I said above that weights would probably be just language specific. I can imagine through that a namespace can make a difference as well. On the Dutch Wikipedia we are not fond of having articles out of the main namespace show up in regular categories. We also do not like mainspace articles pointing towards drafts and other texts outside the main space. I can imagine that articles outside the main space, if we would rate them and these two options do earn points, they might get some justification to compensate for not being able to score on these two options, either by ignoring this scoring option in the calculated weight and in the outcome or by pretending at least one category would be provided.

I realise that black box testing is a valid way of testing (does article A deserve a higher expectation than article B) and is very important in this phase. Code aware testing does detract attention from this part and bring it more to testing whether the code does actually do an accurate counting of (e.g.) the categories, or does a right summation of the different weights and probas. I am pretty sure these latter tests are already performed in the other (14?) Wikipedias using ORES predictions, so should not get to much attention.

Clarification would be highly appreciated.

Sorry for the late response. The holiday weekend in the US (memorial day) had me out of my usual flow.

For a discussion of the numerical values associated with scores, see page 5. Essentially, this measure gives you a finer estimate of the center of the probability distribution across classes. Usually, you should see that the predicted class (the most likely class) aligns well with the "weighted sum" numerical value. This value can help you distinguish between a low C and a high C article.

For the features that go into a score, the best way to view that is to add ?features to a request to ORES. E.g., This will list out the raw values from which the model learns and makes predictions. As far as weights, that's more difficult to inspect. The underlying model (a GradientBoosting classifier) builds a sort of decision tree like structure that doesn't explicitly assign a weight (or coefficient) to each feature. However, we can inspect the "feature importance" which will give you a sense for how much each feature ultimately affects predictions.

I can imagine that articles outside the main space, if we would rate them and these two options do earn points, they might get some justification to compensate for not being able to score on these two options, either by ignoring this scoring option in the calculated weight and in the outcome or by pretending at least one category would be provided.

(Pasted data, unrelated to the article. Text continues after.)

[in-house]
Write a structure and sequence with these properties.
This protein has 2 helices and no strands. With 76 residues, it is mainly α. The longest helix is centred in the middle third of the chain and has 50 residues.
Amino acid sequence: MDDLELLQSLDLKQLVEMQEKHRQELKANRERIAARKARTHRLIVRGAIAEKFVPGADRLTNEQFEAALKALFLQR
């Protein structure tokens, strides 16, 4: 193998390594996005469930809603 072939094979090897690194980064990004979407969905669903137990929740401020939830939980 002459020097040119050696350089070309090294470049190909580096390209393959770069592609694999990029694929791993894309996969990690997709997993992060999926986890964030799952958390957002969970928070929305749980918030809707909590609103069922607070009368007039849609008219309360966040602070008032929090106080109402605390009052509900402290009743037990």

I'm not sure I'm following this. Are you suggesting that you'd like different weights for the "weight sum" calculation outside of main space? Or maybe you want predictions to operate differently outside of main space?

For the formal evaluation of the model, you can add ?model_info to the URL for a score to see the fitness statistics. e.g. This is a bit of a strange request because it is also generating a score. If you just want the fitness statistics and other info, you can do something like this:

Re. black box vs. code aware testing, I agree that, for folks who want to dig in, talking about the code can help. But I think it is far more informative to talk about what data we're training on and how that was generated than looking at the internals of the model itself. E.g., C class is strictly defined as an article with a certain number of chars. That's weird. It may work in practice, but we should look out for articles that exist in the area between D and B for issues. That said, the feature importances analysis I talked about earlier can be quite informative -- e.g., when a feature gets an unexpectedly high or low weight, we can assume something strange is happening. I'll get that together soon and post it here.

Halfak, thanks for you elaborated answer. I will dive into the log after a good night of sleep.

A quick reaction for now.
123125 in the second and third link seems to stand for a revision id (the first version of the article about the movie Gia).